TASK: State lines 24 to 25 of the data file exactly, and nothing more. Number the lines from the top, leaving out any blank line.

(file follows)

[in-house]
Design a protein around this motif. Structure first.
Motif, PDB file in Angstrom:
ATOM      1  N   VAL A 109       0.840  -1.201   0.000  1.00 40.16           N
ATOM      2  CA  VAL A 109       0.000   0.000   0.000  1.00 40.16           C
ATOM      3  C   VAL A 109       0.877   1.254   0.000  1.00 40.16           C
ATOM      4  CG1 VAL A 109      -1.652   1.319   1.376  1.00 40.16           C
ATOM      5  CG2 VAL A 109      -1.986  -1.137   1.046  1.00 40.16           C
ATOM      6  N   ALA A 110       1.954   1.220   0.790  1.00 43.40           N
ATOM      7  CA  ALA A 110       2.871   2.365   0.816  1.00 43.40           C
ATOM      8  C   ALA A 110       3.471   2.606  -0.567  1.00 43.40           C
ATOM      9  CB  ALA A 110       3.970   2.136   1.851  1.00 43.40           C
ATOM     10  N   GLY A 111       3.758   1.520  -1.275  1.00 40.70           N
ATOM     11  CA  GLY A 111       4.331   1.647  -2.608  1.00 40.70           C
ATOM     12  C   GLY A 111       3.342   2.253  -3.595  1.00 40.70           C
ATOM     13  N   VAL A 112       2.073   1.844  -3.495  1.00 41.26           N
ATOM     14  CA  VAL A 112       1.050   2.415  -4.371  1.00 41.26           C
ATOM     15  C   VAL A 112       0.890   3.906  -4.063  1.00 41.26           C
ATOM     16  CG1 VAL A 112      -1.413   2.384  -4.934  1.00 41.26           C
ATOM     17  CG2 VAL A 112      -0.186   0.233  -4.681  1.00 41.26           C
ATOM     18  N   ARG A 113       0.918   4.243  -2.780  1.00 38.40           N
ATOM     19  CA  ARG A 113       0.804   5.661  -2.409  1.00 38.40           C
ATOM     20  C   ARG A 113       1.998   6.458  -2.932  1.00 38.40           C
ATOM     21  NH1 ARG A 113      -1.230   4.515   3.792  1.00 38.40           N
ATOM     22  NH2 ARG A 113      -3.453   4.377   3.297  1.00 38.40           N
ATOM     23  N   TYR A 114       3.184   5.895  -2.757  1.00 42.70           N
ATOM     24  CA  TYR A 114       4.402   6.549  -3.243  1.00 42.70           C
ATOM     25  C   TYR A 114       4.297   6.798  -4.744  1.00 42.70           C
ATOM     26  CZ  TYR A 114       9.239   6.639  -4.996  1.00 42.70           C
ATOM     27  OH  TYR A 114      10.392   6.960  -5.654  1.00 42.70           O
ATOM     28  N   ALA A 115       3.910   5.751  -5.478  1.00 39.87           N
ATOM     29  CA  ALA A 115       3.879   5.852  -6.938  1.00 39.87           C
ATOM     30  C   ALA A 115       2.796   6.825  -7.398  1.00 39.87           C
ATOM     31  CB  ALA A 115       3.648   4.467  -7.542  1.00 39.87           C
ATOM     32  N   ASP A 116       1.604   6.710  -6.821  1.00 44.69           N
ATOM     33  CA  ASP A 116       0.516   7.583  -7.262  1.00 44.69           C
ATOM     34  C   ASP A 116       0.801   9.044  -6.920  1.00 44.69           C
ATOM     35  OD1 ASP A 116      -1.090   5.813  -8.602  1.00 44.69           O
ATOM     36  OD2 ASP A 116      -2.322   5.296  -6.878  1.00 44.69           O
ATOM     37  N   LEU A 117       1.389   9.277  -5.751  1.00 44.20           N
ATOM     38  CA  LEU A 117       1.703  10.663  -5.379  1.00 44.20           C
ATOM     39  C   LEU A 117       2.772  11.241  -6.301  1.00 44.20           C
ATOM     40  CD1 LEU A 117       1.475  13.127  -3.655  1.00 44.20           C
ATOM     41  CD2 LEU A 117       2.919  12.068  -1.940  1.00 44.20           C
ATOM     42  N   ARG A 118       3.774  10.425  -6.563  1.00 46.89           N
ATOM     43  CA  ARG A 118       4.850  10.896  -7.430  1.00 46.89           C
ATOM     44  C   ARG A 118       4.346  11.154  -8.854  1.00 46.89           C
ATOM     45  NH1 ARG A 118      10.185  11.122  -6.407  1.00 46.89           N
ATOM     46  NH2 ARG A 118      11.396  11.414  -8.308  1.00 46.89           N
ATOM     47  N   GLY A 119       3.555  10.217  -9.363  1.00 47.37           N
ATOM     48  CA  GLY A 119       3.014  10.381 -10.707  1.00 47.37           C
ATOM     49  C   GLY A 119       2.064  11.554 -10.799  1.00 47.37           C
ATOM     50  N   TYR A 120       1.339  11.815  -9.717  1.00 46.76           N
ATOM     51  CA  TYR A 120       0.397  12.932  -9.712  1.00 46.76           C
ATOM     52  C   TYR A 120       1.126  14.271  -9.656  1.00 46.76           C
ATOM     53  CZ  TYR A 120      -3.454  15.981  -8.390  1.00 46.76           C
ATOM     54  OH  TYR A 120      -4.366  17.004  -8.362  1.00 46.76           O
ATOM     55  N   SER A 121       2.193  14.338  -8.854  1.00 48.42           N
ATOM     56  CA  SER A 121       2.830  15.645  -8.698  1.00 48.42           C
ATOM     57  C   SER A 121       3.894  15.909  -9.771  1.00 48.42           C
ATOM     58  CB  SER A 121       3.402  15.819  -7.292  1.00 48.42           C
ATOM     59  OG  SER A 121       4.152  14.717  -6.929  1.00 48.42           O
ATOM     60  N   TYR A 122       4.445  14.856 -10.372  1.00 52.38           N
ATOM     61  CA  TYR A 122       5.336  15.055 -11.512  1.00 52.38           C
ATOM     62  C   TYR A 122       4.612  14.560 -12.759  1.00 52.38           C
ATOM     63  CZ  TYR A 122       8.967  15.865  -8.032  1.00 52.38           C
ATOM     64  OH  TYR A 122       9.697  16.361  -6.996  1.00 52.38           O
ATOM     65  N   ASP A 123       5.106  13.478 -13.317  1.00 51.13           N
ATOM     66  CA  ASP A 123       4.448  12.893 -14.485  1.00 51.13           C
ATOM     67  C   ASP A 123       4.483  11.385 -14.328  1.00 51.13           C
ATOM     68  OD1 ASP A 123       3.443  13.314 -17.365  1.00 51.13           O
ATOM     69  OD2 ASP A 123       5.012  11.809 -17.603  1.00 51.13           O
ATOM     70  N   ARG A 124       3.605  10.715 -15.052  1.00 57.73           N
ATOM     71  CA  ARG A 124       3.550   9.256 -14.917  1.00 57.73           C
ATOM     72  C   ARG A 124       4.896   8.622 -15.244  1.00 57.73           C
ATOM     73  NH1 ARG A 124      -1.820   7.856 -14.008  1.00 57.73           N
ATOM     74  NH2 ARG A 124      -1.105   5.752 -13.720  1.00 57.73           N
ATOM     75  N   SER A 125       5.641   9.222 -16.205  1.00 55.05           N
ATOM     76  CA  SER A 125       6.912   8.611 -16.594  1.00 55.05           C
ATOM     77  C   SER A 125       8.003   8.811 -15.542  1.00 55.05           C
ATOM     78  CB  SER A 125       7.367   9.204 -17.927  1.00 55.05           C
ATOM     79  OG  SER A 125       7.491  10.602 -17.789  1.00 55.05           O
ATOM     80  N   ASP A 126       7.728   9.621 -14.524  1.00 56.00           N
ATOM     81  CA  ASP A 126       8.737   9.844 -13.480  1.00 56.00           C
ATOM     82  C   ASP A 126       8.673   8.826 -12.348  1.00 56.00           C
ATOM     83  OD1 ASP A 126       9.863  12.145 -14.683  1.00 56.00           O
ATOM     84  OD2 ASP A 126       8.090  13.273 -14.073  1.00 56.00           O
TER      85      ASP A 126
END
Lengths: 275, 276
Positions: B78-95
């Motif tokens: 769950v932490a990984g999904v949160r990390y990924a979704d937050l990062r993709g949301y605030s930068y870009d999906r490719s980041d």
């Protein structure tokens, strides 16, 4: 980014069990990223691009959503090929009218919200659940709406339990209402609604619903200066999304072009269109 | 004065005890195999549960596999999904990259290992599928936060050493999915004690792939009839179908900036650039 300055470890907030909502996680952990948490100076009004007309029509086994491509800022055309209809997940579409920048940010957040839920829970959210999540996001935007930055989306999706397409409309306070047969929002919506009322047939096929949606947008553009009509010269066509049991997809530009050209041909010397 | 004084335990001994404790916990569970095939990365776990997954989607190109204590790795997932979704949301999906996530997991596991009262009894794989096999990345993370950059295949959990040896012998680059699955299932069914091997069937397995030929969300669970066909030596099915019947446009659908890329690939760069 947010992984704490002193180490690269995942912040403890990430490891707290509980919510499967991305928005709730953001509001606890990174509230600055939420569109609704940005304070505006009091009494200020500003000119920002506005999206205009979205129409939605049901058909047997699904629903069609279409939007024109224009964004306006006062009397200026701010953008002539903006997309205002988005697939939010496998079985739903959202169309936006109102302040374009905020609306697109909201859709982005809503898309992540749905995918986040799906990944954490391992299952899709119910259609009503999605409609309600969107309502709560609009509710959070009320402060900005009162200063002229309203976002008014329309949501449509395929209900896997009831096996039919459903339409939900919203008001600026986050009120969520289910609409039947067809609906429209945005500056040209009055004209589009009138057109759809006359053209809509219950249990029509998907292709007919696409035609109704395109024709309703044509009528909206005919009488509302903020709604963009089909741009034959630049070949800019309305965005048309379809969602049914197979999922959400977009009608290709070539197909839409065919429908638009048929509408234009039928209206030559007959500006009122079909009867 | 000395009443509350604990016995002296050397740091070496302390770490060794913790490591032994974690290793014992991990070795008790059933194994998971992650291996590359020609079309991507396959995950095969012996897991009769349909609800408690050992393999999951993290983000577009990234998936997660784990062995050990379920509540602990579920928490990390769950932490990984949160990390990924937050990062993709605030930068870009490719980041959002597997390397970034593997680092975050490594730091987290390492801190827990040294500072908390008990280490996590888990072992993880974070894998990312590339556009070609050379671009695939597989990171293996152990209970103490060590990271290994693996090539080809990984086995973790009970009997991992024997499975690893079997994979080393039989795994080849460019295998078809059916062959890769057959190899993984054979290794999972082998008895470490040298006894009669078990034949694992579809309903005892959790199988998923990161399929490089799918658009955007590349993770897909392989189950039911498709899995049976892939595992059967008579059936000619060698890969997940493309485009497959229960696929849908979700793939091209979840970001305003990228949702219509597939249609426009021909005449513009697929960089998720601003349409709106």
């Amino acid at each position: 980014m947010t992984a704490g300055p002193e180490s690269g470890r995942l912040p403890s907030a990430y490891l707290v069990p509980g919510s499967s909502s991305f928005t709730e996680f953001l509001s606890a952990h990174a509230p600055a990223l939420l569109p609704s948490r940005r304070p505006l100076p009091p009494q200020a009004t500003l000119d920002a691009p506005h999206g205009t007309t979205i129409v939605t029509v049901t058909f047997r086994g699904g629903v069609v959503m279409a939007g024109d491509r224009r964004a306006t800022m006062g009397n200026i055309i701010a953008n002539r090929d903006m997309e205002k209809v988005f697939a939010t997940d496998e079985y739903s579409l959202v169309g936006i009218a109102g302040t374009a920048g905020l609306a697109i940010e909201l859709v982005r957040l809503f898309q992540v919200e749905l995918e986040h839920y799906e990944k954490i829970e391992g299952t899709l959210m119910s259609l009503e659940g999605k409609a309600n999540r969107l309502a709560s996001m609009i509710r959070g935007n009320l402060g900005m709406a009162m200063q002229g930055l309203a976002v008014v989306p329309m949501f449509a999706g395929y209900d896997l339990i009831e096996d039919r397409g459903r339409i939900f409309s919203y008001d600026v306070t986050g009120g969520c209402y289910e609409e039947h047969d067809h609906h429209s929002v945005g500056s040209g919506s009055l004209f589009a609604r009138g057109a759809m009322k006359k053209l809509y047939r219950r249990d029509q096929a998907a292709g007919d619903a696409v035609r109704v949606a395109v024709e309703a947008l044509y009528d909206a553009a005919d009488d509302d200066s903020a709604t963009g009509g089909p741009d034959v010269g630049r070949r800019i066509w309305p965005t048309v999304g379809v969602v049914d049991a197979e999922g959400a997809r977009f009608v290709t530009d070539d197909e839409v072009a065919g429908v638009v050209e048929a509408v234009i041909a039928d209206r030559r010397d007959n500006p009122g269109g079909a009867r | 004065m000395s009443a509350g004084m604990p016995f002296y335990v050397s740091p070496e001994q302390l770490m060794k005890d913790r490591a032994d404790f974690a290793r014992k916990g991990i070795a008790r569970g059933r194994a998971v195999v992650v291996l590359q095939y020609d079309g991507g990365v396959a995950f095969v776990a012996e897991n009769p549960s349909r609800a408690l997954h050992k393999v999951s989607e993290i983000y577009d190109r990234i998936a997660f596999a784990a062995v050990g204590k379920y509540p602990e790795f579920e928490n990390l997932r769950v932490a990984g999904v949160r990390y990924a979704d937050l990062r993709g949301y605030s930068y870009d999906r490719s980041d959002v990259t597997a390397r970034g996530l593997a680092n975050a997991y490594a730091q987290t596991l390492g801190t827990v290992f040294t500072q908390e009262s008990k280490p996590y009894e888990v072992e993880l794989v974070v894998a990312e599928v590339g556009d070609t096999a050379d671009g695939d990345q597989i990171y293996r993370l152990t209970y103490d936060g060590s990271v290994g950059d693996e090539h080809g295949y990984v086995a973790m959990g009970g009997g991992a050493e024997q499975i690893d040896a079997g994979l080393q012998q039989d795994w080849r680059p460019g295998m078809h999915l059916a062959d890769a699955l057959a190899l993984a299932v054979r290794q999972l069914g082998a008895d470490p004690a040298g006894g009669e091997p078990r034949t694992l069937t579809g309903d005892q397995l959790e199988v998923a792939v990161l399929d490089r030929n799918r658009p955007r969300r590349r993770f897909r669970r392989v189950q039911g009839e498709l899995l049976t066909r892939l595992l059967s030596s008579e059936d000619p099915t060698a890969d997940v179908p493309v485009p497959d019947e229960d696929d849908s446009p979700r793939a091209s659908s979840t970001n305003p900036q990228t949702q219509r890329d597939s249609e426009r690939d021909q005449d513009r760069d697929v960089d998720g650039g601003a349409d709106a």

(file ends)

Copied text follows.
ATOM     21  NH1 ARG A 113      -1.230   4.515   3.792  1.00 38.40           N
ATOM     22  NH2 ARG A 113      -3.453   4.377   3.297  1.00 38.40           N